(WFXR) — More than two months after the deadly shooting at Robb Elementary School in Uvalde, Texas, school districts across the country are still keeping that tragedy in mind while they consider their own school security.

Lynchburg City Schools say the May shooting in Uvalde is a topic of conversation between their officials and the Lynchburg Police Department.

While Lynchburg City Schools Superintendent Dr. Crystal Edwards says specific security upgrades are confidential for safety, she adds that administrators and law enforcement are teaming up to evaluate security and identify anything that’s been overlooked.

“Those types of tragedies just rock us all, and we never want to see those things happen in a school or community or anywhere,” said Edwards.

Uvalde was on the minds of other districts planning for the fall too.

The superintendent of Botetourt County Public Schools, Jonathan Russ, says that safety has to be schools officials’ number one priority, not just something they talk about.

“Times have changed. We didn’t used to have to worry about our children being slaughtered in a schoolhouse, but it’s happening all over the United States,” Russ told WFXR News.

In Henry County, the school district’s director of communications, Monica Hatchett, says officials review their own safety protocols whenever there’s a major local or national incident.

“We go over what has happened in the past, good or things that we might have ideas for improvement on, not just within our own team within the school division, but we talk with our resource officers, our partners with public safety, and then we determine what we might want to enhance or expand for the coming school year,” said Hatchett.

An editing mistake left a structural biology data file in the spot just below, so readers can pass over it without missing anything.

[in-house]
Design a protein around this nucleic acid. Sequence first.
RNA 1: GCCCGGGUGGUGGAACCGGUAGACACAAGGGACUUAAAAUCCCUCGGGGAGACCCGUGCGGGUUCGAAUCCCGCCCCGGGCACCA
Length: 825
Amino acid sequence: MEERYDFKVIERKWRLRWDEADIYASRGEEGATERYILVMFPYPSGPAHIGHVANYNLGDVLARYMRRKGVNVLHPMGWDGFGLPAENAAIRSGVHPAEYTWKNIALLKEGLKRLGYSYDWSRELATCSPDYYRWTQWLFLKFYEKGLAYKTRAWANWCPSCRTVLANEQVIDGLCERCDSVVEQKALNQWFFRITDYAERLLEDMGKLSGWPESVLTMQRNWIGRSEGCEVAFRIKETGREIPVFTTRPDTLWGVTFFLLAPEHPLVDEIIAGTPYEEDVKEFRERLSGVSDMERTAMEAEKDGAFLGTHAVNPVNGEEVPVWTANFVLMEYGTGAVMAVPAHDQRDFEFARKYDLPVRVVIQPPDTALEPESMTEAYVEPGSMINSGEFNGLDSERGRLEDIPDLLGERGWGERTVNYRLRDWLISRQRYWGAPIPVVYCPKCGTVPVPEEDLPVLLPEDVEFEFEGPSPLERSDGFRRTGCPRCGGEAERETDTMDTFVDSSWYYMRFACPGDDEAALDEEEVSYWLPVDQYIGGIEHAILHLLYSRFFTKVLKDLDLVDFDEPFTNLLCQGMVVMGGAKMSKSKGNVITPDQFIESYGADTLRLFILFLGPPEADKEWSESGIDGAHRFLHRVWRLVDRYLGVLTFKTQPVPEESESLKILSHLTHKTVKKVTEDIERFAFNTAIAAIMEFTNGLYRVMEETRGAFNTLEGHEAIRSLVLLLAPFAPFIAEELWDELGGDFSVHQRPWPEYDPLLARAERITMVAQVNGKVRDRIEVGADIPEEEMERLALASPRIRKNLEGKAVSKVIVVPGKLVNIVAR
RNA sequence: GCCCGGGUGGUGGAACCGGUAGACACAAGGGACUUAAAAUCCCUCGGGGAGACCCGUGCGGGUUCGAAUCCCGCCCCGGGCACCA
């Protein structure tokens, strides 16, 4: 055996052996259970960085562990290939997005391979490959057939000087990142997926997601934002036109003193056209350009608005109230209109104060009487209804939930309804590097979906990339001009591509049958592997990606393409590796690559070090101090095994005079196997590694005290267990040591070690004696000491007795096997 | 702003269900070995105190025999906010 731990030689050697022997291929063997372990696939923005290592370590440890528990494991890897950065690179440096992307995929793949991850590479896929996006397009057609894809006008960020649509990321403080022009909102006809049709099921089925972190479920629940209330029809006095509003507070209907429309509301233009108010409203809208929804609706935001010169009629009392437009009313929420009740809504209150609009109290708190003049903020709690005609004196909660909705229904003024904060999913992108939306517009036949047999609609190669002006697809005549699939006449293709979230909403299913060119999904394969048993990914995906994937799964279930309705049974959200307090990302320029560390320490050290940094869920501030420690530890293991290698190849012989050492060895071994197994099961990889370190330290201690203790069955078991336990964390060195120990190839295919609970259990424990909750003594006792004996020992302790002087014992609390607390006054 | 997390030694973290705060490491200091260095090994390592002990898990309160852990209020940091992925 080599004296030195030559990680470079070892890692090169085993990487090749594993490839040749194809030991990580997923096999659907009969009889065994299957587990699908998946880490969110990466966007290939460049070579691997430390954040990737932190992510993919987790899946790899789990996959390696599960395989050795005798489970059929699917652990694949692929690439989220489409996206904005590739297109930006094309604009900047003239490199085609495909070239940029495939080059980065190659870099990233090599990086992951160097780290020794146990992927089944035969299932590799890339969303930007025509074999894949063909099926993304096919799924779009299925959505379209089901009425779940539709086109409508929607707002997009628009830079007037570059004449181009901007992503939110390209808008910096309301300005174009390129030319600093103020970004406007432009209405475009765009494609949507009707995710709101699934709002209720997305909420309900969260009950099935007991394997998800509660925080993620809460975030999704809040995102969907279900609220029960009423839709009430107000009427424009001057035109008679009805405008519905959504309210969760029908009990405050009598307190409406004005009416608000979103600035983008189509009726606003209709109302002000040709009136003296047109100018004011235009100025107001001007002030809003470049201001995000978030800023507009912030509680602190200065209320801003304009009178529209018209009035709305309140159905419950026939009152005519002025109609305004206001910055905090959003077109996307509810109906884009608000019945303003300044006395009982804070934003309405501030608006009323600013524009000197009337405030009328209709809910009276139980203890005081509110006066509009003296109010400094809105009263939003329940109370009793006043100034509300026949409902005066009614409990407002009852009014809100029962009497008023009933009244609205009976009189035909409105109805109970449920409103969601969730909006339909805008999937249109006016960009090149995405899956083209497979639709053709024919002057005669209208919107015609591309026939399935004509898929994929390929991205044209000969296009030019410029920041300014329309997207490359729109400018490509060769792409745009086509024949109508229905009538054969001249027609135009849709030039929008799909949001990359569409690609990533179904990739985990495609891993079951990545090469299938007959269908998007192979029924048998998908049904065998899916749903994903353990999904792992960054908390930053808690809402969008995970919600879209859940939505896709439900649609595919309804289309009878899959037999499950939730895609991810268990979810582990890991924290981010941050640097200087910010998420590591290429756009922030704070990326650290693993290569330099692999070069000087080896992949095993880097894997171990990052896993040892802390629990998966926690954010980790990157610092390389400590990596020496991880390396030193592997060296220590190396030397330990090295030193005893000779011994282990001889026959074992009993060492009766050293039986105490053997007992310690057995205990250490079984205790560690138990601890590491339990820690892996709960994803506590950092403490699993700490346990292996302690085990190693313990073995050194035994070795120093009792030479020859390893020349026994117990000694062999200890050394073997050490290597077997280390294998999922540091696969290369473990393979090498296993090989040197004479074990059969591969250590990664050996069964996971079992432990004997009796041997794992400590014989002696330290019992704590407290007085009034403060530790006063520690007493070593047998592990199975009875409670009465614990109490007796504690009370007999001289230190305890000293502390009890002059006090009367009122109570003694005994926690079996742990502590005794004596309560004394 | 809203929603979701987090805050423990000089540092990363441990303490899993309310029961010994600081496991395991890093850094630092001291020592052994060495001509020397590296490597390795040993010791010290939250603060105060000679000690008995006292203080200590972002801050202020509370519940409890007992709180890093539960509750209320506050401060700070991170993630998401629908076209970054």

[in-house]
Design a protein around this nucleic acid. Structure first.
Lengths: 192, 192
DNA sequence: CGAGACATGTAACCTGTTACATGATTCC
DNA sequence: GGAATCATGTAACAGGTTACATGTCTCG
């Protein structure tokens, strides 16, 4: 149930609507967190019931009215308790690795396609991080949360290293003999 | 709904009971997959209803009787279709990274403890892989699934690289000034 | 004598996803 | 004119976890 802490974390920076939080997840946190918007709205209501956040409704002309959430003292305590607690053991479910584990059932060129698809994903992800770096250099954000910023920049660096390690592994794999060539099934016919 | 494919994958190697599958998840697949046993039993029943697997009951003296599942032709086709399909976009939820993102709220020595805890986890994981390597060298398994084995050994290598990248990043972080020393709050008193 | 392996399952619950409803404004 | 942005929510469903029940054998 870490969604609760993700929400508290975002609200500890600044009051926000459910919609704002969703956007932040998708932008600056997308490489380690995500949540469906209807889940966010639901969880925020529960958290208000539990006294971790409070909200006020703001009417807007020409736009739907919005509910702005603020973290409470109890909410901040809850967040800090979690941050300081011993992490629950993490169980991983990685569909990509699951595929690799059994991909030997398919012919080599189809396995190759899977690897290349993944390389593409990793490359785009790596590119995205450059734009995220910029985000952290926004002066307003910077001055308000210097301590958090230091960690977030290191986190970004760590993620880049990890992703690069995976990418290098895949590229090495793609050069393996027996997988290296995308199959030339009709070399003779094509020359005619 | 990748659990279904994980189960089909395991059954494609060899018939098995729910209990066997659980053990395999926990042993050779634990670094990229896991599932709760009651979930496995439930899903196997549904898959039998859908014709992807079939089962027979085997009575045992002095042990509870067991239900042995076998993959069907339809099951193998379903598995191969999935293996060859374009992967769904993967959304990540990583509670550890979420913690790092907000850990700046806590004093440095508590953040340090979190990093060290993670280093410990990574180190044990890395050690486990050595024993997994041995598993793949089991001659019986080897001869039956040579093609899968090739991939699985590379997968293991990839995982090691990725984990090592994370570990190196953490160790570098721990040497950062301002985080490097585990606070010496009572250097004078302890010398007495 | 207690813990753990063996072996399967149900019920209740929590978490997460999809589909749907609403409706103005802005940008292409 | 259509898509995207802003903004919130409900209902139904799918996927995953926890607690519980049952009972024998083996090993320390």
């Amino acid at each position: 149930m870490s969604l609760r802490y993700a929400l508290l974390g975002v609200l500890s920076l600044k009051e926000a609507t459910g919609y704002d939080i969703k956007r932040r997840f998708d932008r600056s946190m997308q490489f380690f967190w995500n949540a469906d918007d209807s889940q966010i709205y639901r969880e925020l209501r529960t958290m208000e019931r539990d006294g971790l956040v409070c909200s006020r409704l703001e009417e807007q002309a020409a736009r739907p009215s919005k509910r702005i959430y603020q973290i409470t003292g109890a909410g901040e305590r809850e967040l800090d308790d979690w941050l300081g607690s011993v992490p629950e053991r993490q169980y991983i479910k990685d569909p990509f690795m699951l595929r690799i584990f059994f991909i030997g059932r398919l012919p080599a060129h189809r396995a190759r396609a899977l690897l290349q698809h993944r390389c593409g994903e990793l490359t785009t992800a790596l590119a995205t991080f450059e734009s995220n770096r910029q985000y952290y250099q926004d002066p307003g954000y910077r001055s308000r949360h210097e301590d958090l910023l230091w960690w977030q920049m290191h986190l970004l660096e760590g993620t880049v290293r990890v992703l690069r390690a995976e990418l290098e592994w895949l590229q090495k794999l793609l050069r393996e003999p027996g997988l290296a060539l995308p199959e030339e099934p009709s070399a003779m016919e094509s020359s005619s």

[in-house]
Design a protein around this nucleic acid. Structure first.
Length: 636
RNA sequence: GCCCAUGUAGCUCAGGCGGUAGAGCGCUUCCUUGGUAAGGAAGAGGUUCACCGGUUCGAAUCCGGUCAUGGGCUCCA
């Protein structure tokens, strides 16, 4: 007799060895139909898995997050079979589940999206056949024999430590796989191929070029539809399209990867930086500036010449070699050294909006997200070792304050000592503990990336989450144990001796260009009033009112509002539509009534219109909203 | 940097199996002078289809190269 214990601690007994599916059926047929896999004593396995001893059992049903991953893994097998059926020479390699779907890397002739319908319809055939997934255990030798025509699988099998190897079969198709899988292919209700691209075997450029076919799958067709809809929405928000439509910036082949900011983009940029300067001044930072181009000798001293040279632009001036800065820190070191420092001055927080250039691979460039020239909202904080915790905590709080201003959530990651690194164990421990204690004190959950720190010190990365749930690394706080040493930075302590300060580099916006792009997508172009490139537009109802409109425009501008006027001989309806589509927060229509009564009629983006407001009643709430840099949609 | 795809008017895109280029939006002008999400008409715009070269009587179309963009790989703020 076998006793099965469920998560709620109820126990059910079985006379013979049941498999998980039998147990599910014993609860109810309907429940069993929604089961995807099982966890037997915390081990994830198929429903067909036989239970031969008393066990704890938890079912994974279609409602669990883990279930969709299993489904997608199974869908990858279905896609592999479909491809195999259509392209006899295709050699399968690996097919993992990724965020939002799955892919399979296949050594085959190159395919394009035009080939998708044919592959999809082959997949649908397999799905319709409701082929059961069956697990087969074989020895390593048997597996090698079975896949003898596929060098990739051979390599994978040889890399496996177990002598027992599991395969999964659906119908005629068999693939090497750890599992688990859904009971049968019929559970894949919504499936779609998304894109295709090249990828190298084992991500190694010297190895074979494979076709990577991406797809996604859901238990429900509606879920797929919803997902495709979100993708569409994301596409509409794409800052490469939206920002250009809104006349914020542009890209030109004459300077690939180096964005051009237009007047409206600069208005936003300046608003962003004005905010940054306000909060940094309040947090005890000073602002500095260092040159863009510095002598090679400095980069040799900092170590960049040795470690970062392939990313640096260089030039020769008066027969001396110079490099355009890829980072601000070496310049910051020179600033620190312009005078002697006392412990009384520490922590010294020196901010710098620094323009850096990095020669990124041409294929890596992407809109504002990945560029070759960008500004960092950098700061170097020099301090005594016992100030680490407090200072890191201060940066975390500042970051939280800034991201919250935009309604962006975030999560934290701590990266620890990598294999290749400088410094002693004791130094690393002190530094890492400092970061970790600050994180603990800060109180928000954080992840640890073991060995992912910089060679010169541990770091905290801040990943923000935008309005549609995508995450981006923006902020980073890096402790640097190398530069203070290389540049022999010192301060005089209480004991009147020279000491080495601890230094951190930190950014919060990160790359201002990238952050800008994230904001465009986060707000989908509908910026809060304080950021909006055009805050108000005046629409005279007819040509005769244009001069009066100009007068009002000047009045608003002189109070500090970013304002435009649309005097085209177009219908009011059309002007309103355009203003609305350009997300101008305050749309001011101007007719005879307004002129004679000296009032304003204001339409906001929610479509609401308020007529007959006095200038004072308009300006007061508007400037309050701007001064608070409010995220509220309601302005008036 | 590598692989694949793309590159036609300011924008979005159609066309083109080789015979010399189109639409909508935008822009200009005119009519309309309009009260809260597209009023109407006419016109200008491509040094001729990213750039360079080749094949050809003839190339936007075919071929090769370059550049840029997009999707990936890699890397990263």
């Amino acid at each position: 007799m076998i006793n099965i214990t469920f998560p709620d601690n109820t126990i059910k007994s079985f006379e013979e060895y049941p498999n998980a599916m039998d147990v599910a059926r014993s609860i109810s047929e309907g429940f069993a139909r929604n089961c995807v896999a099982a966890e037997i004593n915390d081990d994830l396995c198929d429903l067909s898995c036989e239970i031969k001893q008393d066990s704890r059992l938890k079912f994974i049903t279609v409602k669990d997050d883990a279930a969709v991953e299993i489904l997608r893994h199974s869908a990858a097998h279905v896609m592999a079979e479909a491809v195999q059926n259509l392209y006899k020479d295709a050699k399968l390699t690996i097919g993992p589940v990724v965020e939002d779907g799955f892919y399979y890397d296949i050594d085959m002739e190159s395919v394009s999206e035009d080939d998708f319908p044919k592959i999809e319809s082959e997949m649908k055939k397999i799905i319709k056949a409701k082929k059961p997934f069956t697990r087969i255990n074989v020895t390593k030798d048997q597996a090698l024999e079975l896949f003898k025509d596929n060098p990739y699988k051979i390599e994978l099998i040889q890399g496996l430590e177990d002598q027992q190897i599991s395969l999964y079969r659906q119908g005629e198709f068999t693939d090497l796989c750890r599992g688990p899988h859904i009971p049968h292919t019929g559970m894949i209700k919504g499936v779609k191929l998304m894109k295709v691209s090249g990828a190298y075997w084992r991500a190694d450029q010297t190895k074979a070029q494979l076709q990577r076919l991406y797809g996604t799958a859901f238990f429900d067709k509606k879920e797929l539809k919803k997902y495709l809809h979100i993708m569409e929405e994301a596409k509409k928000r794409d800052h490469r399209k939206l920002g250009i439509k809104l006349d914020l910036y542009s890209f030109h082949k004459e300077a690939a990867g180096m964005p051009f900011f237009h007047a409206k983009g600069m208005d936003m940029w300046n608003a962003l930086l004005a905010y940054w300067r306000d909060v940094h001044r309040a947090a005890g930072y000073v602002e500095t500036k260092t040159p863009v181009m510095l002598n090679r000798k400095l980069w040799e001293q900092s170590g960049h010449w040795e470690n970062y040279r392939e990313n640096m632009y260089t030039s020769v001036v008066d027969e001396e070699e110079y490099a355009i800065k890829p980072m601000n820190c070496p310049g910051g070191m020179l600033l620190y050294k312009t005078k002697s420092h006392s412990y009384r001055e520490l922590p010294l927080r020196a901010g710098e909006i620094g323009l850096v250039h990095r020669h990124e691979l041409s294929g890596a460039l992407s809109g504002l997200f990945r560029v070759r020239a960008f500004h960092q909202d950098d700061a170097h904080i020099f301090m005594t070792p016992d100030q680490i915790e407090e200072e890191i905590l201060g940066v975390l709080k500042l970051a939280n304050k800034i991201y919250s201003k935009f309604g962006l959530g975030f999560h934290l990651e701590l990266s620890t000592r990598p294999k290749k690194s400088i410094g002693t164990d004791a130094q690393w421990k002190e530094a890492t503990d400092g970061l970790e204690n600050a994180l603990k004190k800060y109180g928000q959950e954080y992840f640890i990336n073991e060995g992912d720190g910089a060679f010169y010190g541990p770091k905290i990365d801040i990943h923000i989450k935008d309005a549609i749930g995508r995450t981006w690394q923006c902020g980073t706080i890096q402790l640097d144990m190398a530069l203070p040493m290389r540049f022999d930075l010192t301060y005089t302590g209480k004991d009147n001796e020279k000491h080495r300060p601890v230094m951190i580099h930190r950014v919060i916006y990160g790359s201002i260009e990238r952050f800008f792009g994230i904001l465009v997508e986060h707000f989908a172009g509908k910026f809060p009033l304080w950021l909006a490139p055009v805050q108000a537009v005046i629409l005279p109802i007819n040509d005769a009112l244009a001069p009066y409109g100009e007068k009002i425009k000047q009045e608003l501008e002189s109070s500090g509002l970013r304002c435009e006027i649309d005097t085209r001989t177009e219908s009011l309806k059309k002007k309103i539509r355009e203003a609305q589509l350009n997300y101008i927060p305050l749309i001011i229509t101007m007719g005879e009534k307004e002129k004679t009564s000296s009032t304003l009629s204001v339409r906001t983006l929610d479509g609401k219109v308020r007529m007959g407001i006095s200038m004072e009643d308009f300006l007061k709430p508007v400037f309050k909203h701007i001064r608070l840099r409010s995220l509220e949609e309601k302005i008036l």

Neither Lynchburg City Schools nor Henry County Public Schools could provide specific updates on elementary school security upgrades, but both districts are welcoming back regular visitors for the first time since the pandemic, and that brings its own safety concerns.

“We really want to get back to some stringent protocol of having people check in at the front door, not the backdoor, of our schools” said Edwards.

“When someone enters the first set of double doors, which is open to the public, into a lobby area where their drivers license is scanned and that does perform a small version of a background check,” said Hatchett.

Russ actually says all Botetourt County Public Schools employees are aware that the biggest safety breach is leaving doors unlocked and allowing access to the buildings.

“If we can limit entry into the building by delivering something to the door, or if they’re dropping something off for a kid, maybe we pick it up and take it to the child, but it’s a shame that we have to limit access to our building during the day when students are there, but again, I will never apologize for keeping our building safe,” Russ said.

According to Russ, Botetourt County Public Schools will have constant checks to make sure all exterior doors are closed and locked this year. The district will also have school resource officers budgeted for 10 out of its 12 buildings, as well as security buttons and cameras.

After the shooting in Uvalde, the local law enforcement came under fire for not responding accordingly, with Texas lawmakers saying authorities should have acted with more urgency. There was even a report from the Texas House of Representatives saying the school was not adequately prepared.

The superintendent of Botetourt County Public Schools says people need to understand that incidents like the Uvalde shooting could happen anywhere, even southwest or central Virginia.

Meanwhile, Henry County Public Schools and Lynchburg City Schools both say that planning and training with local law enforcement is vital to their crisis response.